Eli Lilly and Takeda Pharmaceuticals first introduced Actos in 1999. While the type 2 diabetes drug was approved by the U.S. Food and Drug Administration (FDA) to help people with diabetes control their blood sugar levels, the agency issued a warning in June 2011 to inform of the potential for Actos risks such as bladder cancer. Currently, hundreds of plaintiffs are pursuing claims against the manufacturers for compensation.
Actos Risks: Bladder Cancer
Actos is intended to help the body become more sensitive to insulin and to help the pancreas to stimulate insulin production. While thousands of Actos patients have reported success with the medication, the drug has recently been linked to cardiovascular complications such as congestive heart failure and heart attacks as well as eye injuries and bladder cancer.
Those who are suffering from symptoms of bladder cancer such as painful or frequent urination, frequent bladder infections, or back pain should consider seeking medical attention as soon as possible to determine whether bladder cancer has developed. Additionally, those who have allegedly been adversely affected by Actos may wish to seek legal counsel to learn more about pursuing a claim for compensation if they believe that they were injured and were not adequately informed of the Actos risks.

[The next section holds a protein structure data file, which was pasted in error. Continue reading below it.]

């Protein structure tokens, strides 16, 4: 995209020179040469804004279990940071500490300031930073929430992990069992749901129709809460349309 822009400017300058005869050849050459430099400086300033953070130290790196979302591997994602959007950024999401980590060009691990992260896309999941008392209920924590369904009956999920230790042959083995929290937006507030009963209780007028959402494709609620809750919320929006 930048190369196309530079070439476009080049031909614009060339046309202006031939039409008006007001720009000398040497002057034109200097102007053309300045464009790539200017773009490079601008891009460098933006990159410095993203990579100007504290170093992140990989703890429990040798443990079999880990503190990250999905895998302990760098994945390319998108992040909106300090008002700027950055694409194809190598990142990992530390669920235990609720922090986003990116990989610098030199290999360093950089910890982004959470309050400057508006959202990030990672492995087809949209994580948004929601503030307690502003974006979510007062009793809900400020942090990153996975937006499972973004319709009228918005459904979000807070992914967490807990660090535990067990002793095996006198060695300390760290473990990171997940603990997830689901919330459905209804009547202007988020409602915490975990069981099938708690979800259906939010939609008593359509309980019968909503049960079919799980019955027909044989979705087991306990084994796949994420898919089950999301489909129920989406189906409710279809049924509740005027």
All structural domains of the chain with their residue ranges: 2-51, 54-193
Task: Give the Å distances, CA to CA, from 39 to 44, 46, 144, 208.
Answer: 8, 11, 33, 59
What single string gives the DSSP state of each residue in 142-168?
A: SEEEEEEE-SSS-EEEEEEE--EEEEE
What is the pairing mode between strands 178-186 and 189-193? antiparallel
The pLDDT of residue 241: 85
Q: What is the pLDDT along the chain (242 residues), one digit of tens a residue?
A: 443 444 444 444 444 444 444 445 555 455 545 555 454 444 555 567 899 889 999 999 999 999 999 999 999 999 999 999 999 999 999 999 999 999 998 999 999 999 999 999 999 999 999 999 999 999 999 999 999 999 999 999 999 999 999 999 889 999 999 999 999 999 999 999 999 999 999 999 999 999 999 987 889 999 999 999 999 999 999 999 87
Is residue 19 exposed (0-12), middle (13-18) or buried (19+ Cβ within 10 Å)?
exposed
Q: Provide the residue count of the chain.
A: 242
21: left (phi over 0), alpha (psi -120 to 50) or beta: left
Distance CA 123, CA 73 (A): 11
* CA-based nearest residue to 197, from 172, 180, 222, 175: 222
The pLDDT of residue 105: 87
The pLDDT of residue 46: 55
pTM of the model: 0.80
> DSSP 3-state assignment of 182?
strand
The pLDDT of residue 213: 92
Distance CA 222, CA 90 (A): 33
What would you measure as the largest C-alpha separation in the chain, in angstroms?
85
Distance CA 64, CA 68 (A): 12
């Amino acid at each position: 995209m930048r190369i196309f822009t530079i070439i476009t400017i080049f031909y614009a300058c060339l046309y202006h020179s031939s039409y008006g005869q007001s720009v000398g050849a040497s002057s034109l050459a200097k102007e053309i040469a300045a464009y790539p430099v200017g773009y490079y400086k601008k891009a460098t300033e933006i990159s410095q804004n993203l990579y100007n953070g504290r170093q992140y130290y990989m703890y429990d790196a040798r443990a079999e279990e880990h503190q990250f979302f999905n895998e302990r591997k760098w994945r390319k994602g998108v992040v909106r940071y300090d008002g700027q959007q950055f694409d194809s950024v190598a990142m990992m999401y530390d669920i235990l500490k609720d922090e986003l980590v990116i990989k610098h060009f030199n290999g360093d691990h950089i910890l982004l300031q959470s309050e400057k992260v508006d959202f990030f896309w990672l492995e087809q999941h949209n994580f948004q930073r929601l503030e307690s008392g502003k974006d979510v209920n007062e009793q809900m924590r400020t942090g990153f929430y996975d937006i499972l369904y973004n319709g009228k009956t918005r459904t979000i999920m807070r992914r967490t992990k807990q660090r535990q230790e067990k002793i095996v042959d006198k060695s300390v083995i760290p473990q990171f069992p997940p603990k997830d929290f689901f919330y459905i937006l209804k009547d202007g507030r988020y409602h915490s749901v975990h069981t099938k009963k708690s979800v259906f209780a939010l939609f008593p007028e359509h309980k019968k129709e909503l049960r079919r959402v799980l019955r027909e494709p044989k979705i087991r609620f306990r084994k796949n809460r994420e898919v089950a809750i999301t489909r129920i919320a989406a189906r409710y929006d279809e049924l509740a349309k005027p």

Manufacturers Face Lawsuits
In June 2014, a Louisiana judge found that Takeda Pharmaceuticals hid evidence of bladder cancer and other potential Actos risks. In the same month, Blue Cross and Blue Shield filed a lawsuit against the manufacturers, claiming that it had paid for its policyholders’ medical expenses and costs due to Actos complications of which the manufacturer should have been previously aware.
Two months prior, in April 2014, an early Actos bellwether trial was resolved after a Louisiana federal court found that Eli Lilly and Takeda Pharmaceuticals neglected to warn the public and medical communities of the potential for Actos risks. The plaintiff received a $9 billion award for punitive damages.
It is important to seek legal counsel if you believe that you have a case. The statute of limitations in Georgia is two years from the date on which an injury or death arising from a wrongful or neglect act occurred. If you fail to pursue your claim within this timeframe, you could forever forfeit the option to seek compensation for your injuries in the future.
Contact the Georgia Injury Attorney Group Today
If you believe that Actos caused you to develop cancer or if you suffered from other complications due to the medication, the Georgia Injury Attorney Group can help. There is no cost to receive a case evaluation, and we can assist you in determining whether you may be able to seek damages in Georgia for your injuries. If you decide to pursue a claim, we can connect you with an affiliated attorney in Georgia who can assist you throughout the legal process.